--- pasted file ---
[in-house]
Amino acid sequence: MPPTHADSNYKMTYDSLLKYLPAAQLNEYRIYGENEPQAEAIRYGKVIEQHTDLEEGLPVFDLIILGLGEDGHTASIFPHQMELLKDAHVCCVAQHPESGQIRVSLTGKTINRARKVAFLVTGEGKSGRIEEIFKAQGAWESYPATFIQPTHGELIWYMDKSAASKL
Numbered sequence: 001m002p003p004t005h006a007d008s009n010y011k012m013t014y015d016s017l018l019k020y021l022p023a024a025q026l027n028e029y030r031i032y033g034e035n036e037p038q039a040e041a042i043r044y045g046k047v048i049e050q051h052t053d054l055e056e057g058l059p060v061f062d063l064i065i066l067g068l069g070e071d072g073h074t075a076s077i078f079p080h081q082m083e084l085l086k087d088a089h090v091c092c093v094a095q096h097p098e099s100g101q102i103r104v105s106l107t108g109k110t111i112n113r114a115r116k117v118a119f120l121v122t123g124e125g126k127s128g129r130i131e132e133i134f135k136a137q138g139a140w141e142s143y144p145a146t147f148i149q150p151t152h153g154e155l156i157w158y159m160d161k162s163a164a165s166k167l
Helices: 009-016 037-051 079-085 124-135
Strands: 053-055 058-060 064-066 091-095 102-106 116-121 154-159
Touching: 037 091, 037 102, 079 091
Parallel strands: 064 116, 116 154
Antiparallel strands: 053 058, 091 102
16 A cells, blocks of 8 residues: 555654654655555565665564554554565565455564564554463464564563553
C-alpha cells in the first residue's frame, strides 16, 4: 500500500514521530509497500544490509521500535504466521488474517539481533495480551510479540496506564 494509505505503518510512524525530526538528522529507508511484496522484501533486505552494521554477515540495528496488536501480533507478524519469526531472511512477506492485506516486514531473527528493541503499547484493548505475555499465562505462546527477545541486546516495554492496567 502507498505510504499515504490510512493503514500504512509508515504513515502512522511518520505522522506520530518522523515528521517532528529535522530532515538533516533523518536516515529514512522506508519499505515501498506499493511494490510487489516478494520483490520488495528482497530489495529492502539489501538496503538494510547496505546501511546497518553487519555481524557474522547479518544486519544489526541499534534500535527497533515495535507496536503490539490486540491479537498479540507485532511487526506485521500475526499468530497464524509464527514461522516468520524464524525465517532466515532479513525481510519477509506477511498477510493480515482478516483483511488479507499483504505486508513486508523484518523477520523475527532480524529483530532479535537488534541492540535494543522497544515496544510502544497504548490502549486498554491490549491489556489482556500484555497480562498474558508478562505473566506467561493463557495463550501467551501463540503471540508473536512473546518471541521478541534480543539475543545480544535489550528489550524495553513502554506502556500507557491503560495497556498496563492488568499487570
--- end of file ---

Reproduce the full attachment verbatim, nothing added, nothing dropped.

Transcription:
[in-house]
Amino acid sequence: MPPTHADSNYKMTYDSLLKYLPAAQLNEYRIYGENEPQAEAIRYGKVIEQHTDLEEGLPVFDLIILGLGEDGHTASIFPHQMELLKDAHVCCVAQHPESGQIRVSLTGKTINRARKVAFLVTGEGKSGRIEEIFKAQGAWESYPATFIQPTHGELIWYMDKSAASKL
Numbered sequence: 001m002p003p004t005h006a007d008s009n010y011k012m013t014y015d016s017l018l019k020y021l022p023a024a025q026l027n028e029y030r031i032y033g034e035n036e037p038q039a040e041a042i043r044y045g046k047v048i049e050q051h052t053d054l055e056e057g058l059p060v061f062d063l064i065i066l067g068l069g070e071d072g073h074t075a076s077i078f079p080h081q082m083e084l085l086k087d088a089h090v091c092c093v094a095q096h097p098e099s100g101q102i103r104v105s106l107t108g109k110t111i112n113r114a115r116k117v118a119f120l121v122t123g124e125g126k127s128g129r130i131e132e133i134f135k136a137q138g139a140w141e142s143y144p145a146t147f148i149q150p151t152h153g154e155l156i157w158y159m160d161k162s163a164a165s166k167l
Helices: 009-016 037-051 079-085 124-135
Strands: 053-055 058-060 064-066 091-095 102-106 116-121 154-159
Touching: 037 091, 037 102, 079 091
Parallel strands: 064 116, 116 154
Antiparallel strands: 053 058, 091 102
16 A cells, blocks of 8 residues: 555654654655555565665564554554565565455564564554463464564563553
C-alpha cells in the first residue's frame, strides 16, 4: 500500500514521530509497500544490509521500535504466521488474517539481533495480551510479540496506564 494509505505503518510512524525530526538528522529507508511484496522484501533486505552494521554477515540495528496488536501480533507478524519469526531472511512477506492485506516486514531473527528493541503499547484493548505475555499465562505462546527477545541486546516495554492496567 502507498505510504499515504490510512493503514500504512509508515504513515502512522511518520505522522506520530518522523515528521517532528529535522530532515538533516533523518536516515529514512522506508519499505515501498506499493511494490510487489516478494520483490520488495528482497530489495529492502539489501538496503538494510547496505546501511546497518553487519555481524557474522547479518544486519544489526541499534534500535527497533515495535507496536503490539490486540491479537498479540507485532511487526506485521500475526499468530497464524509464527514461522516468520524464524525465517532466515532479513525481510519477509506477511498477510493480515482478516483483511488479507499483504505486508513486508523484518523477520523475527532480524529483530532479535537488534541492540535494543522497544515496544510502544497504548490502549486498554491490549491489556489482556500484555497480562498474558508478562505473566506467561493463557495463550501467551501463540503471540508473536512473546518471541521478541534480543539475543545480544535489550528489550524495553513502554506502556500507557491503560495497556498496563492488568499487570